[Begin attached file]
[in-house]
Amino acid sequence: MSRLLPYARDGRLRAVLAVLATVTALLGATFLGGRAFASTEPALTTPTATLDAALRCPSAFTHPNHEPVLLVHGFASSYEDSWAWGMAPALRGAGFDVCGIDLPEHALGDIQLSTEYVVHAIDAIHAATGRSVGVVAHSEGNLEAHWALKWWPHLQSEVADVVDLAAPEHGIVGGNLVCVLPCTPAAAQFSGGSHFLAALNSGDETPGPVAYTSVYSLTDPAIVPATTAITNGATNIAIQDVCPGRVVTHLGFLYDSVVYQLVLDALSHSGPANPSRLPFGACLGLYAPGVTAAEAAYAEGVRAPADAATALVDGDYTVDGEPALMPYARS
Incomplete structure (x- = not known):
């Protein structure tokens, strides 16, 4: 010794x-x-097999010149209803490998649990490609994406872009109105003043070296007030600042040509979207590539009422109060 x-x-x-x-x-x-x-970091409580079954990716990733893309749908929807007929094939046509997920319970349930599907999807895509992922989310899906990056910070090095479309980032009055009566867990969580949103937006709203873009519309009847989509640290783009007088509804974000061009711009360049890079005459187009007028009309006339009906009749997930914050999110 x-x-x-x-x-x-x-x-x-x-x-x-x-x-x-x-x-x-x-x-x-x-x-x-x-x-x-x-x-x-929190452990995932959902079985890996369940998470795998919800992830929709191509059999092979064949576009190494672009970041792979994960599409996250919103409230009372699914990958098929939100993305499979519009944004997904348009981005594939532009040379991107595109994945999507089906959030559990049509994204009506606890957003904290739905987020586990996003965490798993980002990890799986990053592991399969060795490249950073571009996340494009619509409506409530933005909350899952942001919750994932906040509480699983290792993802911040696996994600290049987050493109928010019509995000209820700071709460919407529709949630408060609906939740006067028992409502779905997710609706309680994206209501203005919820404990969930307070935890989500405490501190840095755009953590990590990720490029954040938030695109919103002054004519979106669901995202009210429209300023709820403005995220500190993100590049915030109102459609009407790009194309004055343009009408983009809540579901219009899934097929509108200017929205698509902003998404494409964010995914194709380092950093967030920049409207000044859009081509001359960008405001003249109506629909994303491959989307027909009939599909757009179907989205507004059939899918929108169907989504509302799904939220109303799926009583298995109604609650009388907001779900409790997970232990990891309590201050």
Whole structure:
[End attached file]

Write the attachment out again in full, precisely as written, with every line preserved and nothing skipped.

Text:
[in-house]
Amino acid sequence: MSRLLPYARDGRLRAVLAVLATVTALLGATFLGGRAFASTEPALTTPTATLDAALRCPSAFTHPNHEPVLLVHGFASSYEDSWAWGMAPALRGAGFDVCGIDLPEHALGDIQLSTEYVVHAIDAIHAATGRSVGVVAHSEGNLEAHWALKWWPHLQSEVADVVDLAAPEHGIVGGNLVCVLPCTPAAAQFSGGSHFLAALNSGDETPGPVAYTSVYSLTDPAIVPATTAITNGATNIAIQDVCPGRVVTHLGFLYDSVVYQLVLDALSHSGPANPSRLPFGACLGLYAPGVTAAEAAYAEGVRAPADAATALVDGDYTVDGEPALMPYARS
Incomplete structure (x- = not known):
């Protein structure tokens, strides 16, 4: 010794x-x-097999010149209803490998649990490609994406872009109105003043070296007030600042040509979207590539009422109060 x-x-x-x-x-x-x-970091409580079954990716990733893309749908929807007929094939046509997920319970349930599907999807895509992922989310899906990056910070090095479309980032009055009566867990969580949103937006709203873009519309009847989509640290783009007088509804974000061009711009360049890079005459187009007028009309006339009906009749997930914050999110 x-x-x-x-x-x-x-x-x-x-x-x-x-x-x-x-x-x-x-x-x-x-x-x-x-x-x-x-x-x-929190452990995932959902079985890996369940998470795998919800992830929709191509059999092979064949576009190494672009970041792979994960599409996250919103409230009372699914990958098929939100993305499979519009944004997904348009981005594939532009040379991107595109994945999507089906959030559990049509994204009506606890957003904290739905987020586990996003965490798993980002990890799986990053592991399969060795490249950073571009996340494009619509409506409530933005909350899952942001919750994932906040509480699983290792993802911040696996994600290049987050493109928010019509995000209820700071709460919407529709949630408060609906939740006067028992409502779905997710609706309680994206209501203005919820404990969930307070935890989500405490501190840095755009953590990590990720490029954040938030695109919103002054004519979106669901995202009210429209300023709820403005995220500190993100590049915030109102459609009407790009194309004055343009009408983009809540579901219009899934097929509108200017929205698509902003998404494409964010995914194709380092950093967030920049409207000044859009081509001359960008405001003249109506629909994303491959989307027909009939599909757009179907989205507004059939899918929108169907989504509302799904939220109303799926009583298995109604609650009388907001779900409790997970232990990891309590201050």
Whole structure: